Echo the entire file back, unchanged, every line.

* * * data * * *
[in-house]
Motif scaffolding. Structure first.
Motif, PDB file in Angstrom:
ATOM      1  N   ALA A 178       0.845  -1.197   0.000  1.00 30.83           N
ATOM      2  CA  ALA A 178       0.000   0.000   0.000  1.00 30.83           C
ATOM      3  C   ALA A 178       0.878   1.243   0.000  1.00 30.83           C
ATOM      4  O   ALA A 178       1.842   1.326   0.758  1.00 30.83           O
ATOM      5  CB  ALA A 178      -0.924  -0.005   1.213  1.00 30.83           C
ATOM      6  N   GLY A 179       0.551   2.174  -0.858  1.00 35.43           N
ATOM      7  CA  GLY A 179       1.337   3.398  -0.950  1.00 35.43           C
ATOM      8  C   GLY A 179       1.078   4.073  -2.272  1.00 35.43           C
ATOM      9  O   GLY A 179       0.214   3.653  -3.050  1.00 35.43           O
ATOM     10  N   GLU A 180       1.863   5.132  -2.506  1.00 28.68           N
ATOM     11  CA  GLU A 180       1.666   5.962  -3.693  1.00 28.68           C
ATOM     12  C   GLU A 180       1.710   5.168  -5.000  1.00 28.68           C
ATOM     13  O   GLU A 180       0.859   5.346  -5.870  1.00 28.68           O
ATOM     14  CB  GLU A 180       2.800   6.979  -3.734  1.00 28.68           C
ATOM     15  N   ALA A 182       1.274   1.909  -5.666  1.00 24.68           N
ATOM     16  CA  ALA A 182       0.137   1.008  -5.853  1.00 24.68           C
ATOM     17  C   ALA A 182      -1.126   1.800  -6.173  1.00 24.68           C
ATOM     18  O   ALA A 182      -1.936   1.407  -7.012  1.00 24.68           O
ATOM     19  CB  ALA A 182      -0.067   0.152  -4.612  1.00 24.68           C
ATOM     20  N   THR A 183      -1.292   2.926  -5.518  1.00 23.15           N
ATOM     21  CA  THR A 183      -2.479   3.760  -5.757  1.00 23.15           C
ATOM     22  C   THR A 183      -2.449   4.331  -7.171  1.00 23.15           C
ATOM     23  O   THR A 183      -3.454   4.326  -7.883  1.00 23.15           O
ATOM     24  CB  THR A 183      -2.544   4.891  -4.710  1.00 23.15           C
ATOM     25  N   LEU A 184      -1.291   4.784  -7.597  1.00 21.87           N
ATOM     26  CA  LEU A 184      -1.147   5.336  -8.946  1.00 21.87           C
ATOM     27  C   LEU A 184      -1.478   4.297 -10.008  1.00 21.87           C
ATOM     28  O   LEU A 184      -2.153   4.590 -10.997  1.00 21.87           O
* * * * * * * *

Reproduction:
[in-house]
Motif scaffolding. Structure first.
Motif, PDB file in Angstrom:
ATOM      1  N   ALA A 178       0.845  -1.197   0.000  1.00 30.83           N
ATOM      2  CA  ALA A 178       0.000   0.000   0.000  1.00 30.83           C
ATOM      3  C   ALA A 178       0.878   1.243   0.000  1.00 30.83           C
ATOM      4  O   ALA A 178       1.842   1.326   0.758  1.00 30.83           O
ATOM      5  CB  ALA A 178      -0.924  -0.005   1.213  1.00 30.83           C
ATOM      6  N   GLY A 179       0.551   2.174  -0.858  1.00 35.43           N
ATOM      7  CA  GLY A 179       1.337   3.398  -0.950  1.00 35.43           C
ATOM      8  C   GLY A 179       1.078   4.073  -2.272  1.00 35.43           C
ATOM      9  O   GLY A 179       0.214   3.653  -3.050  1.00 35.43           O
ATOM     10  N   GLU A 180       1.863   5.132  -2.506  1.00 28.68           N
ATOM     11  CA  GLU A 180       1.666   5.962  -3.693  1.00 28.68           C
ATOM     12  C   GLU A 180       1.710   5.168  -5.000  1.00 28.68           C
ATOM     13  O   GLU A 180       0.859   5.346  -5.870  1.00 28.68           O
ATOM     14  CB  GLU A 180       2.800   6.979  -3.734  1.00 28.68           C
ATOM     15  N   ALA A 182       1.274   1.909  -5.666  1.00 24.68           N
ATOM     16  CA  ALA A 182       0.137   1.008  -5.853  1.00 24.68           C
ATOM     17  C   ALA A 182      -1.126   1.800  -6.173  1.00 24.68           C
ATOM     18  O   ALA A 182      -1.936   1.407  -7.012  1.00 24.68           O
ATOM     19  CB  ALA A 182      -0.067   0.152  -4.612  1.00 24.68           C
ATOM     20  N   THR A 183      -1.292   2.926  -5.518  1.00 23.15           N
ATOM     21  CA  THR A 183      -2.479   3.760  -5.757  1.00 23.15           C
ATOM     22  C   THR A 183      -2.449   4.331  -7.171  1.00 23.15           C
ATOM     23  O   THR A 183      -3.454   4.326  -7.883  1.00 23.15           O
ATOM     24  CB  THR A 183      -2.544   4.891  -4.710  1.00 23.15           C
ATOM     25  N   LEU A 184      -1.291   4.784  -7.597  1.00 21.87           N
ATOM     26  CA  LEU A 184      -1.147   5.336  -8.946  1.00 21.87           C
ATOM     27  C   LEU A 184      -1.478   4.297 -10.008  1.00 21.87           C
ATOM     28  O   LEU A 184      -2.153   4.590 -10.997  1.00 21.87           O